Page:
In this episode we learn about the best way to have healthy lungs with new information about asthma rates and fruit and vegetable consumption, lessening the effects of COPD, and the latest research about the effects of air freshener products.
Have you ever wondered if there’s a natural way to lower your high blood pressure, guard against Alzheimer's, lose weight, and feel better? Well as it turns out there is. Michael Greger, M.D. FACLM, founder of NutritionFacts.org, and author of the instant New York Times bestseller “How Not to Die” celebrates evidence-based nutrition to add years to our life and life to our years.
Hello and welcome to Nutrition Facts – the podcast that brings you the latest in evidence-based nutrition research. I’m your host Dr. Michael Greger.
I’m often asked what my opinion is about one food or another. I know what people are asking but, you know, I’m not interested in opinions. I’m not interested in beliefs. I’m interested in the science. What does the best available balance of evidence published in the peer-reviewed medical literature show right now? That’s why I wrote my book, “How Not to Die”, and why I created my nonprofit site NutritionFacts.org and, now, this podcast.
Today, we’re going to talk about lung health, starting with asthma.
A recent study involving more than a million kids suggests the striking worldwide variation in childhood rates of allergies, asthma, and eczema may be related to diet.
Asthma is the most common chronic disease in children and the prevalence is increasing around the world. Despite this, most research dollars are spent on adult chronic diseases. One might ask whether this is because our politicians and senior administrators feel themselves to be more likely to suffer from the latter and ignore allergic diseases because they have their major impact on children and young adults who don’t vote. Imagine how much more effort would be put into elucidating causes of a disorder that increased at the same accelerated rate in the middle-aged and elderly.
Well, finally, an international study of asthma and allergies in childhood, studying more than a million children in nearly a hundred countries, making it the most comprehensive survey of these diseases ever undertaken. What did they find?
They found a wide variability in the prevalence and severity of asthma, allergies, and eczema. We’re talking a 20-fold to 60-fold difference in prevalence of symptoms of asthma, allergic runny nose, and atopic eczema around the world. Striking worldwide variations in the prevalence of allergic symptoms. What does it all mean? Well, the large variability suggests a crucial role of some kind of local characteristics determining the differences in prevalence between one place and another. What kind of environmental factors?
Like, why does the prevalence of itchy eyes and runny nose range anywhere from 1% in India, for example, up to 45% of kids elsewhere? There were some associations with regional air pollution and smoking rates, but the most significant associations were with diet. Adolescents showed a consistent pattern of decreases in symptoms of wheeze (current and severe), allergic rhinoconjunctivitis and atopic eczema, associated with increased consumption of plants. The more their calories and protein came from plant sources, the less allergies they seemed to have.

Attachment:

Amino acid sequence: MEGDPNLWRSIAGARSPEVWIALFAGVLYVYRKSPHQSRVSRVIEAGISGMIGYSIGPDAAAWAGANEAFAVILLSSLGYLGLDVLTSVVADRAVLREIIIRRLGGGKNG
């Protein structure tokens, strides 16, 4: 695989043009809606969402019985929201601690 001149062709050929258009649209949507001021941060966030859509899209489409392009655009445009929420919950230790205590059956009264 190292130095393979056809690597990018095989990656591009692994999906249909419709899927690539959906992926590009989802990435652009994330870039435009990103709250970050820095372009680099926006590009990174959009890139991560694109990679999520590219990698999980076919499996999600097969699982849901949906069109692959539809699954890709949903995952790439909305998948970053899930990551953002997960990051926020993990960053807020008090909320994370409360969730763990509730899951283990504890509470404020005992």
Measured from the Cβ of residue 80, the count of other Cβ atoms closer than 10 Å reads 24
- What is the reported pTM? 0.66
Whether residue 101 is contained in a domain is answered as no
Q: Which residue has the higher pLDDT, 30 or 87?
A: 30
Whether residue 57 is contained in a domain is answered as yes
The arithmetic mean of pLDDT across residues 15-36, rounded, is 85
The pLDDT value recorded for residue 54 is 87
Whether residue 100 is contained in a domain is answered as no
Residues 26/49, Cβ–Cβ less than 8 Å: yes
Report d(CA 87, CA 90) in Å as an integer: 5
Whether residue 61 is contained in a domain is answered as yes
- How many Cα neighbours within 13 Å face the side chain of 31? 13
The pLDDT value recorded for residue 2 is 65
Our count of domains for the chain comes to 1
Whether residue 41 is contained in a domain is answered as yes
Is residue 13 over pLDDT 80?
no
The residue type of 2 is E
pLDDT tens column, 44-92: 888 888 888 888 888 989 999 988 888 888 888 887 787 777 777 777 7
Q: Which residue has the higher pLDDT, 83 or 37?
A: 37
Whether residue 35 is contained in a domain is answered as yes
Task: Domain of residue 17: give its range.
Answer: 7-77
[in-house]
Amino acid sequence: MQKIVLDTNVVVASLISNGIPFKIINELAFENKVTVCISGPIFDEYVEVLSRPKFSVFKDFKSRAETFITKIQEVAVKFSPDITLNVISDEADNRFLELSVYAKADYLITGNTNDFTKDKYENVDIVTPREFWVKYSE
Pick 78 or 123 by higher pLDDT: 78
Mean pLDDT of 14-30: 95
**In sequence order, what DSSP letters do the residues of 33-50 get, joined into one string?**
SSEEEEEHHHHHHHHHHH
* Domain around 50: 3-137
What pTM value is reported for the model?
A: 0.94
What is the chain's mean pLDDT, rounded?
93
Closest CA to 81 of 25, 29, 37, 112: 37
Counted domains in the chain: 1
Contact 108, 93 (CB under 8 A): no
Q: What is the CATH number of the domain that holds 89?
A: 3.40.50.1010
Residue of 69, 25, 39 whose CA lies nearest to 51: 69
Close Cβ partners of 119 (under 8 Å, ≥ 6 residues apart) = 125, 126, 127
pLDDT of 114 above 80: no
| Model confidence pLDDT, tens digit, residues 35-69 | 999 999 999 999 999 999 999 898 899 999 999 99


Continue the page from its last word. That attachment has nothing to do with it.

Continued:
In general, there seems to be an association between an increase in asthma prevalence and a decreased consumption of fresh fruits, green vegetables, and other dietary sources of antioxidants, helping to explain why the prevalence of asthma and respiratory symptoms is lower in populations with high intake of foods of plant origin. Intakes of high fat and sodium, and low fiber and carbohydrates, are linked with asthma, while traditional vegetarian diets are associated with lower rates.
For example, if you look closer within India, in a study of more than 100,000 people, those who consumed meat, for example, daily or even occasionally, were more likely to report asthma than those who were strictly vegetarian, which meant also avoiding eggs. Eggs have been associated, along with soda, with an increased risk of respiratory symptoms and asthma in schoolchildren, whereas consumptions of soy foods and fruits were associated with reduced risk of respiratory symptoms. In fact, removing eggs from the diet, along with dairy, may improve lung function in asthmatic children in as little as eight weeks. So, maybe it’s a combination of eating less animal foods and more plants.
High vegetable intake, for example, has been found protective in children, cutting the odds of allergic asthma in half and fruit showed a consistent protective association for current and severe wheeze and runny nose in adolescents and for current and severe asthma, allergies, and eczema for children.
But why? I’ve talked about the endocrine-disrupting industrial pollutants building up in the meat supply that may increase the risk of allergic diseases, but the increase in asthma may be a combination of both–a more toxic environment and a more susceptible population. The dietary changes which have occurred over recent years may have led to a reduction in these natural antioxidant defenses, resulting in a shift of the antioxidant status of the whole population and leading to increased susceptibility to oxidant attack and airway inflammation.
In adults, for example, the risk of airway hyperreactivity may increase seven-fold among those with the lowest intake of vitamin C from plants foods, while the lowest intake of saturated fats gave a 10-fold protection, presumably because saturated fats have a role in triggering inflammation.